Getting from Cancun in Mexico to Sanya in China, will never be one of the simplest routes – even given the most favorable of weather conditions. All the same, it will never be one of the longest. Still, that route does belong to the category of the ‘trickiest air routes in the world’, i.e., between South America and Southeast Asia (flying in either direction) : the distances are always big, and the air routes are rarely straightforward.
For example, flying from Hong Kong, Bangkok or Kuala Lumpur to Santiago or Buenos Aires will always be an avia-endurance test both in terms of total journey time and the number of connections. I say always, since all available routes – all four of them – all take approximately the same number of hours to complete.
What are these four (very different) ways of flying (on a commercial flight) from Southeast Asia to South America? (incidentally, one of them I’ve yet to fly myself). Let’s say, from Hong Kong to Santiago and from Hong Kong to Buenos Aires?
Ok folks, here’s the answer:
Route 1 – the most obvious: via Europe.
Via Paris (if to Santiago) or via Frankfurt or Amsterdam. One connection, but a whopping 25-27 hours up in the air: 12-13 hours to Europe; 14-15 to southern South America.
Route 2 – no less obvious: via North America.
Via Toronto (one connection) or via Dallas or Miami (via Dallas I hear you can do it with one connection, but the wait at the airport is something like 20 hours. No way, Jose). In any case you’ll be up in the sky around 25-27 hours, so it’s about the same as the via-Europe option; however, connections in the US – best avoided at all costs.
Route 3 – extreme (Antarctic) – via Australia or New Zealand.
Just 22 hours off the ground! With one connection! Hong Kong – Sydney – Santiago = 9+13 hours flying; Hong Kong – Auckland – Santiago = 11+11. Excellent service on the plane, and Antarctica can be viewed out the windows (if flying in winter – i.e., Australian summer).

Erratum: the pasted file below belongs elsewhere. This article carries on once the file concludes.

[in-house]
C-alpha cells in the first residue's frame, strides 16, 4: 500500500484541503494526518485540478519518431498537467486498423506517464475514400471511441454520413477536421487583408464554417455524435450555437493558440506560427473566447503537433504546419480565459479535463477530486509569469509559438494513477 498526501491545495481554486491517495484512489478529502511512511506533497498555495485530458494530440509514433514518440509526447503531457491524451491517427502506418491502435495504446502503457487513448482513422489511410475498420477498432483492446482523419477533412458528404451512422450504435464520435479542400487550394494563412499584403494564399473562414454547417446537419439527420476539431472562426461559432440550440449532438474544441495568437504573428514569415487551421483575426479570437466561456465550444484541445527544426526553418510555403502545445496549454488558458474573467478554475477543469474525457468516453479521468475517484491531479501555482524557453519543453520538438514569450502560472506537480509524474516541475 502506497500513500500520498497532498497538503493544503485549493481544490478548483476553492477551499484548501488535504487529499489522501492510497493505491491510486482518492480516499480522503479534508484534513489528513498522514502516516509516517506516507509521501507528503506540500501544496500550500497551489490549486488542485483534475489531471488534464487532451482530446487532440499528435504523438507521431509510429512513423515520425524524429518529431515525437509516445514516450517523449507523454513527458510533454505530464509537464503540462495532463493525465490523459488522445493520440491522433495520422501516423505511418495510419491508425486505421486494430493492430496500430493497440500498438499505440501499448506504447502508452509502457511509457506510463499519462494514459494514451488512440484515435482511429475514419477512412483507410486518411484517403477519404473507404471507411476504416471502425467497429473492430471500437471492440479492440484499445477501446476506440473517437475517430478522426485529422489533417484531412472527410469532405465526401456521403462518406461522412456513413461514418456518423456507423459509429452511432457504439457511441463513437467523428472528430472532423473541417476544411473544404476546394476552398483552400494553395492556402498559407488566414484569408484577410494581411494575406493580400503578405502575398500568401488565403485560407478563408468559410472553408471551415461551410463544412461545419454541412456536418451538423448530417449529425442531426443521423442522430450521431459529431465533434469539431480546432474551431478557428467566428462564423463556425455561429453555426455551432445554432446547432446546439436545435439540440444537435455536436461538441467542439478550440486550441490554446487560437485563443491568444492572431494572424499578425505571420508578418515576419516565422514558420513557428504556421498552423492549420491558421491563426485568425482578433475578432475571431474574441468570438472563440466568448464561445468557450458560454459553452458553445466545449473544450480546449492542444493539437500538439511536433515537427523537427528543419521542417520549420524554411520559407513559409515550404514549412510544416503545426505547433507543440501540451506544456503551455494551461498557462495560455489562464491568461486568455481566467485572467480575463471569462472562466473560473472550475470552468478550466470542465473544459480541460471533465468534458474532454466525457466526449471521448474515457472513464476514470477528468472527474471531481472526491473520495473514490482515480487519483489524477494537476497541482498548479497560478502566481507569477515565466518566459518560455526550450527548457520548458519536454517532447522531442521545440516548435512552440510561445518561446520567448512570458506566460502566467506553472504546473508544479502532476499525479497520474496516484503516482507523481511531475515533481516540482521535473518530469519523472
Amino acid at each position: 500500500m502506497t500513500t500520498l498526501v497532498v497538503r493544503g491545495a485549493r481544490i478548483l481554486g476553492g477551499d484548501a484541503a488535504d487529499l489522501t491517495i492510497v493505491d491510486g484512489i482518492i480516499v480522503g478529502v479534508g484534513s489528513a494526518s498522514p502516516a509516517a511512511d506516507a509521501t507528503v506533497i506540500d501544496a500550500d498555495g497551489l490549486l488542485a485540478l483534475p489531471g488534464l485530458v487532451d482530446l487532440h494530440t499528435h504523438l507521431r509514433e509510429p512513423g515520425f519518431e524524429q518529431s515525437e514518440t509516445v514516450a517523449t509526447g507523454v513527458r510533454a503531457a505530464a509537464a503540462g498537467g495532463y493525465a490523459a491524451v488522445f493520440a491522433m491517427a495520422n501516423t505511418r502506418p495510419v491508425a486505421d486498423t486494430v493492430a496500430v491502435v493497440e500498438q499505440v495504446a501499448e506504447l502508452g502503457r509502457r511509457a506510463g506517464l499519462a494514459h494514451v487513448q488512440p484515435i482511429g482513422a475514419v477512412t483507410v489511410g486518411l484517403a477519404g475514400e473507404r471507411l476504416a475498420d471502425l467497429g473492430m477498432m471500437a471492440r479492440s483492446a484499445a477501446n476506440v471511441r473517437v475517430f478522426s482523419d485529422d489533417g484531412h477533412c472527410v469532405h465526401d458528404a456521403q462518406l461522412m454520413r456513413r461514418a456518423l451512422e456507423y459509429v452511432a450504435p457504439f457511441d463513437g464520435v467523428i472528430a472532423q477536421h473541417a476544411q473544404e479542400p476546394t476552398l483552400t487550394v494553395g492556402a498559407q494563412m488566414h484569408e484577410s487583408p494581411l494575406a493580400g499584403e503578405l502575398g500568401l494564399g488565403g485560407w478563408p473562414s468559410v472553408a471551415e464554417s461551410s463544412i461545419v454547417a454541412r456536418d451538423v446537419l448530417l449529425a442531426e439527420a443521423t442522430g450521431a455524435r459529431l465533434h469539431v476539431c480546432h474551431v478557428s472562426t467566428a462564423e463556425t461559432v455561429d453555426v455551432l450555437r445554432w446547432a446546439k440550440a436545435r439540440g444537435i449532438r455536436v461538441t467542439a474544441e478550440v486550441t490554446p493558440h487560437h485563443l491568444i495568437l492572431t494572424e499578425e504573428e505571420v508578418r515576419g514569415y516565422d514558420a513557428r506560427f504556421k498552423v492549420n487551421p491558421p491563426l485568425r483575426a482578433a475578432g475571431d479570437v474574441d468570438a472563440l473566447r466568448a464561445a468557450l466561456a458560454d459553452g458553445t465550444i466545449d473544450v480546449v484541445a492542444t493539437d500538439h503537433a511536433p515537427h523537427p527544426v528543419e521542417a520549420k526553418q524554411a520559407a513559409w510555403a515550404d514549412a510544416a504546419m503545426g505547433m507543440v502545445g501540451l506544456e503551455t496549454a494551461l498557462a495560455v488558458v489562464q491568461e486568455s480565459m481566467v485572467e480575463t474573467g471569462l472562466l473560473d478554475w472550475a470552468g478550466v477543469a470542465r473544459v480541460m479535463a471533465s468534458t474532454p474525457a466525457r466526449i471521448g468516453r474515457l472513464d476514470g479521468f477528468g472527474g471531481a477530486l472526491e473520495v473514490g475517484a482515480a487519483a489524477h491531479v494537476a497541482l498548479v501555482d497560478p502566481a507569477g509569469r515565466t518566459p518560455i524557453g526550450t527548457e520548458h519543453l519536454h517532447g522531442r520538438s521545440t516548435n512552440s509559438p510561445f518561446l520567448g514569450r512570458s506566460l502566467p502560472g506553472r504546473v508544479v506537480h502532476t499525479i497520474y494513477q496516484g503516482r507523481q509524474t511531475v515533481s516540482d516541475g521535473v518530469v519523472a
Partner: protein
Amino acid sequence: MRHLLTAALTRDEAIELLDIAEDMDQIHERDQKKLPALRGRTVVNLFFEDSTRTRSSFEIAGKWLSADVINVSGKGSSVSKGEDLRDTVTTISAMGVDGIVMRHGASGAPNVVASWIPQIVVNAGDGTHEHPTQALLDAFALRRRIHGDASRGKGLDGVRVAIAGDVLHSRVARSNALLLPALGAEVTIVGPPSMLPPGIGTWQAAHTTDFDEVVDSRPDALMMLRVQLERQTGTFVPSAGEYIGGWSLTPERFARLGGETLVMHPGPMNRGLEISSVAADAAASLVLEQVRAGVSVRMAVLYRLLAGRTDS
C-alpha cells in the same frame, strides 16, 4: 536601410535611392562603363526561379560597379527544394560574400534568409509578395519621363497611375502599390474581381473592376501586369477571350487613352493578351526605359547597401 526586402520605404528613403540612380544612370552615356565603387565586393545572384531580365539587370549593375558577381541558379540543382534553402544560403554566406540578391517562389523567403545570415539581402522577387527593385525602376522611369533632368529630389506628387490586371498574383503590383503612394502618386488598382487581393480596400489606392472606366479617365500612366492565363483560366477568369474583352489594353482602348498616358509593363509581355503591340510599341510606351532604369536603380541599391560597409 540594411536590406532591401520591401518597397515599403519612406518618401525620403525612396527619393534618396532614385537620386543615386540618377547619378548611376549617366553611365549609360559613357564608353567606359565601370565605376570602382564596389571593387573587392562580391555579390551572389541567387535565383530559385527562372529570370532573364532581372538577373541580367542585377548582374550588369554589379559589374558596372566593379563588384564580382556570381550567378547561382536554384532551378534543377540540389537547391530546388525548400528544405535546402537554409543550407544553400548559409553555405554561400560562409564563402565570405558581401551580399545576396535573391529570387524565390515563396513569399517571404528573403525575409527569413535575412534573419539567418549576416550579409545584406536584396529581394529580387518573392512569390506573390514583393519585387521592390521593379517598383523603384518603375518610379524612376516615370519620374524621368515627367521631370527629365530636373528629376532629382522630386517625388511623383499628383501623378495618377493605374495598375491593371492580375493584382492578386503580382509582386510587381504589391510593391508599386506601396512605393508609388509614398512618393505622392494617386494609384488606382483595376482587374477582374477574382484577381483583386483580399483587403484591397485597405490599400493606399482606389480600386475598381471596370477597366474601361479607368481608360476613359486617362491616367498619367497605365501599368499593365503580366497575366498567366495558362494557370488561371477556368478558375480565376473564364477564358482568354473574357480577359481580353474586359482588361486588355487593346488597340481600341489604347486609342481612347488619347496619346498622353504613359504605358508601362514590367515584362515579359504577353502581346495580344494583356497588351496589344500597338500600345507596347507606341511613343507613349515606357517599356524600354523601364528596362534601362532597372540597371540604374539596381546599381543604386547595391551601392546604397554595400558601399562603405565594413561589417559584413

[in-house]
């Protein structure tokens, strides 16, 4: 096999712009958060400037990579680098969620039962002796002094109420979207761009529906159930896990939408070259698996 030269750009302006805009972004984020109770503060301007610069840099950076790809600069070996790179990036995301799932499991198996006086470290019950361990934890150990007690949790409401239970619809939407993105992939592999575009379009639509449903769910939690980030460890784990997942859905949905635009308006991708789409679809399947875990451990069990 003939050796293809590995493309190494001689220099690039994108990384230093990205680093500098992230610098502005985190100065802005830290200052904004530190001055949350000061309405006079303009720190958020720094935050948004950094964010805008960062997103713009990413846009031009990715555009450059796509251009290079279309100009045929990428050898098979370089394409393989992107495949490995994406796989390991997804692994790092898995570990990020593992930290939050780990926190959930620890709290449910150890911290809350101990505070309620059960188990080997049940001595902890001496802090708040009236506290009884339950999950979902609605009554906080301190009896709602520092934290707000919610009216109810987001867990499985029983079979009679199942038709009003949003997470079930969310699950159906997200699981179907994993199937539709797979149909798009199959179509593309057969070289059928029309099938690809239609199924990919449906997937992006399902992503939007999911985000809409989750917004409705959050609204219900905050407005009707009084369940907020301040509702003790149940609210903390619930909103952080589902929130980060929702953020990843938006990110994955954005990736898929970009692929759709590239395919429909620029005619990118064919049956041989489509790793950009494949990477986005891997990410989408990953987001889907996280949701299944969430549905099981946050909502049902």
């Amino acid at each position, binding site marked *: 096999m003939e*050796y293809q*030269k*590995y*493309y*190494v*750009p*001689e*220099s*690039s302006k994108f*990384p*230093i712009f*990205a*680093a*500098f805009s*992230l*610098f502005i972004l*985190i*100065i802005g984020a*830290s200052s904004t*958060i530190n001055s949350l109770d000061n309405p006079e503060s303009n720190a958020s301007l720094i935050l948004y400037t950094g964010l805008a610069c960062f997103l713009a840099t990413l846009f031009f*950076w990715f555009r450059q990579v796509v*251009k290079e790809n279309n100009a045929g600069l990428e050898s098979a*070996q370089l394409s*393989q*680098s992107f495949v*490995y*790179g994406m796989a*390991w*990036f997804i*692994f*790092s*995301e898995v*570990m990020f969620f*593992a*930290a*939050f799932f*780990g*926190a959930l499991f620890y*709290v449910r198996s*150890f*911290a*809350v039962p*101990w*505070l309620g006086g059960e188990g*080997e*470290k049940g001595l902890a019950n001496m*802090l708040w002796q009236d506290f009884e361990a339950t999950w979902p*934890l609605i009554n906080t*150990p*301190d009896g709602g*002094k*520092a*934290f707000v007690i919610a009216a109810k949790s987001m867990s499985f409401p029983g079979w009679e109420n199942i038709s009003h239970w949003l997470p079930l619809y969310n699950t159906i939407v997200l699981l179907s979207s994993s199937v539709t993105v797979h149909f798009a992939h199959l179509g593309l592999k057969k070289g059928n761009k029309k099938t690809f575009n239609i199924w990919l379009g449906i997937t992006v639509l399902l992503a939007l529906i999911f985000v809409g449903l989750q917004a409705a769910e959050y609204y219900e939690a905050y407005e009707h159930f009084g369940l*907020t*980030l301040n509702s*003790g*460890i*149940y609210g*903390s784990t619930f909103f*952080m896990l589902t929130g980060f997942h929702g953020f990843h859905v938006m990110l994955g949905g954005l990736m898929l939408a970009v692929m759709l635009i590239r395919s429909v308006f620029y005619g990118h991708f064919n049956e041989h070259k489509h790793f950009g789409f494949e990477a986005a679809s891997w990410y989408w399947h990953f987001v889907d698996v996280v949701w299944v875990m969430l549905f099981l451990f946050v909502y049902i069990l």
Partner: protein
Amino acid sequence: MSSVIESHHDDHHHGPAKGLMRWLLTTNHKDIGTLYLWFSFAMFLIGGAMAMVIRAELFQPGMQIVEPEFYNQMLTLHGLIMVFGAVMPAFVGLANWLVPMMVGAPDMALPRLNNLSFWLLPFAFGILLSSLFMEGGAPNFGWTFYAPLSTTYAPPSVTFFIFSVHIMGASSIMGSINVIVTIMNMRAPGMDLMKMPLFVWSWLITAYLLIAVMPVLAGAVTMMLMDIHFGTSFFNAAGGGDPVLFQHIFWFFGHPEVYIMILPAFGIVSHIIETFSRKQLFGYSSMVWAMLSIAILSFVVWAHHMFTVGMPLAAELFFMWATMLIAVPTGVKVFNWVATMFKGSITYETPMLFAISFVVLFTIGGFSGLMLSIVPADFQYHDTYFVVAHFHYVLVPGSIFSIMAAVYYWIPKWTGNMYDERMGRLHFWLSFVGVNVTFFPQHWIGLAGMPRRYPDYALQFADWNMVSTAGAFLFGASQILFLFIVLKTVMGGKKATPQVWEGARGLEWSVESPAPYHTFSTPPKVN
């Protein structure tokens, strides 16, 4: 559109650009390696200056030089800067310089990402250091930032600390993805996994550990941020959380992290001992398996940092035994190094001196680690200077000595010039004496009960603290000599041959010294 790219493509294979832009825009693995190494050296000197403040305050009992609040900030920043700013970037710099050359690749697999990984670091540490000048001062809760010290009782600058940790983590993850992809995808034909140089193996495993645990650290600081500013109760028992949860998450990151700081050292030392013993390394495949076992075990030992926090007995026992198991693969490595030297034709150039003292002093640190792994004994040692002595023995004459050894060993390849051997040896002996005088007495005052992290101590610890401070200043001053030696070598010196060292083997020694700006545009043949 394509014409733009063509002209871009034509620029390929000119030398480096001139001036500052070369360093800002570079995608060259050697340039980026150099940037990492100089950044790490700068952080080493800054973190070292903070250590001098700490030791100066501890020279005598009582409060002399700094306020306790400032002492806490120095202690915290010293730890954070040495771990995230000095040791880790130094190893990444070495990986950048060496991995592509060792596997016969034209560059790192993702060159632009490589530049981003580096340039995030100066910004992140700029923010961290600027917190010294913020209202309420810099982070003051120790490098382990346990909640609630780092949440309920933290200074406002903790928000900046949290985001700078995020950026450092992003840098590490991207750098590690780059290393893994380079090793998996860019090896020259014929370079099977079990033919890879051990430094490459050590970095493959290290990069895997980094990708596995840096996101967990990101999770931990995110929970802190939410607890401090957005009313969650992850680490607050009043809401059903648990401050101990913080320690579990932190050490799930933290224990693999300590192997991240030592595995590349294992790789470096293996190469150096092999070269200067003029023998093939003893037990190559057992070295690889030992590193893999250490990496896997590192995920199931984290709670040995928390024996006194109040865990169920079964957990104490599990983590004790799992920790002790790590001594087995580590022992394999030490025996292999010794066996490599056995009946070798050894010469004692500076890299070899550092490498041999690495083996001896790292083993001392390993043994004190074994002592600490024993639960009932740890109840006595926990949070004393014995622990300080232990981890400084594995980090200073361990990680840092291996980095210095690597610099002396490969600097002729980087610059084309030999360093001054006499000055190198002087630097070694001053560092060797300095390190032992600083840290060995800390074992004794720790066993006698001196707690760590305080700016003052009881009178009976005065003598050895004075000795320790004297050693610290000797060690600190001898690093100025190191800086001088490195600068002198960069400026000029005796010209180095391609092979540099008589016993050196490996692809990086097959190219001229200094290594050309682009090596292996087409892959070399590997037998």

Just one potential drawback: you might not like being three or four THOUSAND kilometers from the nearest bit of inhabited land, surrounded by nothing but desolation and white ice. I’ve done this route twice, and I have to say you can feel more than a little vulnerable and out on a limb wing! Here’s my report from my most recent over-Antarctica flight.
Route 4 – via South Africa. But sadly – no more.
This is was the most curious route: Kuala Lumpur – Cape Town – Buenos Aires, on Malaysia Airlines. The route was closed in 2012. I’ve flown Malaysia Airlines once (to Cape Town via Kuala Lumpur), and was really impressed by the flight itself and the connection in the Malaysian capital.
And way back in 2009 or 2010 I was amazed to see a Malaysian tail fin in Buenos Aires airport… so clearly they used to fly all the way!
So, earlier (if flying from Hong Kong to Santiago) the number of hours up in the sky worked out so: Hong Kong – Kuala Lumpur – Cape Town – Buenos Aires – Santiago = 4 + 10 + 8 + 2 = 24 hours. This worked out shorter than via Europe or the US/Canada, but there was a big drawback: three (3) connections! Still, Malaysian Airlines are among the best in the world IMHO, the connection in Kuala Lumpur is a very pleasant one, you could boast that you’d flown trans-Atlantic in the Southern Hemisphere, and on the Buenos Aires to Santiago leg to the right of the plane you’d get to see the highest peak of South America – Aconcagua.
Today it seems only South African Airways fly Johannesburg to Sao Paulo. And that’s it! But with them it works out a very lengthy trip, plus the connection in Sao Paulo isn’t among the world’s best.
Actually, there’s a Route 5 – via Dubai:
Hong Kong – Dubai – Sao Paulo – Santiago (on Emirates). But I don’t recommend it: it’s 25 hours long, with a connection in Sao Paulo. Also, the plane leaves Hong Kong at nightfall, so there’s no chance of seeing the Himalayas on the horizon. Those are the cons. The one pro: Emirates is a real cool airline.
Wait! There’s a Route 6! It’s a long and winding one, also with a connection in Sao Paulo, but via Doha on
KATA Qatar Airways. Wait! There’s a Route 7 – via Addis Ababa (on Ethiopian – which I’ve never once flown). And you can do that approximate route on South African Airlines too, with something like 26 hours in the air.
That’s it folks. The topic ‘how to get from God-knows-where on one side of the southern hemisphere to God-knows-where on the other side of it’ is done and dusted. However, if I missed something, please add your comments below.